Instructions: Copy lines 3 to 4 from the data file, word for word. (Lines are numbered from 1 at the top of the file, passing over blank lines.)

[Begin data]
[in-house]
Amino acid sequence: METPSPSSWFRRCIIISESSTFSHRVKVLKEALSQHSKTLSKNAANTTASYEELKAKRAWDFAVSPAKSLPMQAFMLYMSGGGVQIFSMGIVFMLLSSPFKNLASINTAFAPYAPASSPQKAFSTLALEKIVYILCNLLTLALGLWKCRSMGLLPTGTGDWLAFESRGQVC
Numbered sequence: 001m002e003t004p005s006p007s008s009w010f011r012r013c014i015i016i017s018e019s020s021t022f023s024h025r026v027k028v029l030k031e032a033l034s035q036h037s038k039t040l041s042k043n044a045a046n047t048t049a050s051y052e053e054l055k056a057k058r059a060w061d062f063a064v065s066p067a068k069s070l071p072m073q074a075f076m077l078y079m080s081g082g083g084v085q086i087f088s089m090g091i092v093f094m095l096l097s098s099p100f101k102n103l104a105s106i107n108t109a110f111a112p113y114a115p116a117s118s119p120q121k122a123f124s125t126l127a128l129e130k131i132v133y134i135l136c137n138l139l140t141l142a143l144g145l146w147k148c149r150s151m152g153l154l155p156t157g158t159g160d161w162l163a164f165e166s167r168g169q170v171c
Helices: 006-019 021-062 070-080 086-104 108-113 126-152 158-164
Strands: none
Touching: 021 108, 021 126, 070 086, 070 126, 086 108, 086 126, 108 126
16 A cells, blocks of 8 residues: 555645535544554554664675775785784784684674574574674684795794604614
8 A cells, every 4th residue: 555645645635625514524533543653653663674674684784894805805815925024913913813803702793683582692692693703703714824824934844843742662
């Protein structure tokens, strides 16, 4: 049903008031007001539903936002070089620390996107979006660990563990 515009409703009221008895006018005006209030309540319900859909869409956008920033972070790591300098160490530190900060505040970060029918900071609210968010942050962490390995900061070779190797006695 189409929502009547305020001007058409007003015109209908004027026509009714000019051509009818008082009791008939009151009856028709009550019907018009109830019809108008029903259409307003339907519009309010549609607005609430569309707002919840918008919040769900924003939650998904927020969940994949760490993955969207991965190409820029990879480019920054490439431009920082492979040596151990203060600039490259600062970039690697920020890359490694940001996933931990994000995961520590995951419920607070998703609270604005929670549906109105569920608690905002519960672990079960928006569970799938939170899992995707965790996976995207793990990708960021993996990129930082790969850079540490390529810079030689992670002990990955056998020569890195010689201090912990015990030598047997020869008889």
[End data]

Numbered sequence: 001m002e003t004p005s006p007s008s009w010f011r012r013c014i015i016i017s018e019s020s021t022f023s024h025r026v027k028v029l030k031e032a033l034s035q036h037s038k039t040l041s042k043n044a045a046n047t048t049a050s051y052e053e054l055k056a057k058r059a060w061d062f063a064v065s066p067a068k069s070l071p072m073q074a075f076m077l078y079m080s081g082g083g084v085q086i087f088s089m090g091i092v093f094m095l096l097s098s099p100f101k102n103l104a105s106i107n108t109a110f111a112p113y114a115p116a117s118s119p120q121k122a123f124s125t126l127a128l129e130k131i132v133y134i135l136c137n138l139l140t141l142a143l144g145l146w147k148c149r150s151m152g153l154l155p156t157g158t159g160d161w162l163a164f165e166s167r168g169q170v171c
Helices: 006-019 021-062 070-080 086-104 108-113 126-152 158-164